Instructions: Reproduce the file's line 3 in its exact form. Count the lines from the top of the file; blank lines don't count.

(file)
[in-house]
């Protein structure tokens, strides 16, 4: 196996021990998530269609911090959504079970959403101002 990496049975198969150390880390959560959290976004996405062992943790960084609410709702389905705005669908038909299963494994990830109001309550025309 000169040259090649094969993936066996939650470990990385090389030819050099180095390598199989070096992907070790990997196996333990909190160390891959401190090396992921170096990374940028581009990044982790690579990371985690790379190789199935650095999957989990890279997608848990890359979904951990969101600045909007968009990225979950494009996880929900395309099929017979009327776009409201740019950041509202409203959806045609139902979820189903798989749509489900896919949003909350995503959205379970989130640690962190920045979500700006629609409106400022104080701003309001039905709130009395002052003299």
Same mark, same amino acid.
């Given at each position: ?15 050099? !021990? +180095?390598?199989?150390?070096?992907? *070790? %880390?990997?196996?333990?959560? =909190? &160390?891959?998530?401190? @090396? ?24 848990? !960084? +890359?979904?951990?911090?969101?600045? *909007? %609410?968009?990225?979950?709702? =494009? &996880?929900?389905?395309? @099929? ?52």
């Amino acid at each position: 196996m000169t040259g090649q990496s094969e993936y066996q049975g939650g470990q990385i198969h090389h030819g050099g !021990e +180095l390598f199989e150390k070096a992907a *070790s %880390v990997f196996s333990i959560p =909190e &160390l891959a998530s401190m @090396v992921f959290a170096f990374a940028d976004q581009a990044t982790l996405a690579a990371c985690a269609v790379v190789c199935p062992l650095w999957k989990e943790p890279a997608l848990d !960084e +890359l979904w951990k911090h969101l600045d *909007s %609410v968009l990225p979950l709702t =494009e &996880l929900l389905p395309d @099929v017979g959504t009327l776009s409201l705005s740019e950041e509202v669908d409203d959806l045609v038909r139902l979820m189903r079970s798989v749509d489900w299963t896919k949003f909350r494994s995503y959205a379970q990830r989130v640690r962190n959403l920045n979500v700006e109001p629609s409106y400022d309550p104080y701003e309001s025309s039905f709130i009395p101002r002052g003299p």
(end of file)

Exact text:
Same mark, same amino acid.